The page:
Tom Stephan is the man behind the progressive house project Superchumbo. Growing up in the town of Olean in upstate New York, Stephan first became interested in music through his musician father. Dropping out after two piano lessons, Stephan decided to learn at his own pace on the equipment his father had lying around the house. Hearing Nitzer Ebb and Depeche Mode on the radio swayed Stephan toward electronic music, but he dismissed house as nothing but Black Box and screaming divas. A trip to the Sound Factory to hear the more underground sounds of DJ Junior Vasquez forever changed his idea of what house could be. On the advice of a friend, Stephan moved to London and studied film. Finding that he was most interested in the film's soundtracks and starting to do his own mixing, Stephan's first gig was a half-hour set, warming up for superstar DJ Danny Tenaglia. A five-year residency at the London club Substation followed, giving Stephan all the experience he needed to start his Superchumbo project. Twisted released Superchumbo's first single "Get This" in 1997 and Stephan's regular "ChumboMundo" and "Roach" nights at the London club Turnmills became the place to be for house music fans. In 2001, influential DJ Pete Tong declared Superchumbo's "The Revolution," his tune of the year, and in 2002 the mix-CD Get the Lead Out was released. Remixes for Kylie Minogue, Basement Jaxx, and Darude followed and a Superchumbo bootleg mix of Missy Elliot's "Get Yr Freak On," was championed by Tong once again, and Missy herself. The remix collection Leadheads: The Sound of Superchumbo appeared in 2003 and the DJ stopped his regular London club events to concentrate on international touring and Superchumbo's debut album.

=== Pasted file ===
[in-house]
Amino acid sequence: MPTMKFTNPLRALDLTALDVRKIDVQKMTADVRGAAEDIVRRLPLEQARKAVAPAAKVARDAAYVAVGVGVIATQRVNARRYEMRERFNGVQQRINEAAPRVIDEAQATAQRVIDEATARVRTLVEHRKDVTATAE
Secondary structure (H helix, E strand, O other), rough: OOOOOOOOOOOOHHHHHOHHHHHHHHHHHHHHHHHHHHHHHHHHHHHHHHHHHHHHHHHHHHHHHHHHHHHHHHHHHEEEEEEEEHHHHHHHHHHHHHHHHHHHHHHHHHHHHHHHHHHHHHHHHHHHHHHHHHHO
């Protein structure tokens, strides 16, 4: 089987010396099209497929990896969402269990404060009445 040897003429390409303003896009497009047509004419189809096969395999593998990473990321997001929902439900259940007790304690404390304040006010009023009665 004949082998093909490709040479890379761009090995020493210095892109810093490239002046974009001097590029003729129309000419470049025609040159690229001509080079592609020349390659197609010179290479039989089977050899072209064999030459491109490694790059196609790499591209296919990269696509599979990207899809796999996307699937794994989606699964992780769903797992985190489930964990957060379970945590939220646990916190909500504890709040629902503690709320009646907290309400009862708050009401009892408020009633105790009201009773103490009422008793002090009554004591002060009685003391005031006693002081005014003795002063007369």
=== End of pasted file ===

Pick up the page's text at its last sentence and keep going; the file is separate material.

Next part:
It should come as no surprise that Jason Ojeda has emerged as “one to watch” among the next crop of young DJs vying for the coveted status of National Circuit Party DJ. Known today for his hard house beats and smooth soulful grooves, Jason grew up in a household where DJing literally was the family business. He was spinning records for his uncle’s mobile DJ company on Long Island, NY at nine years old.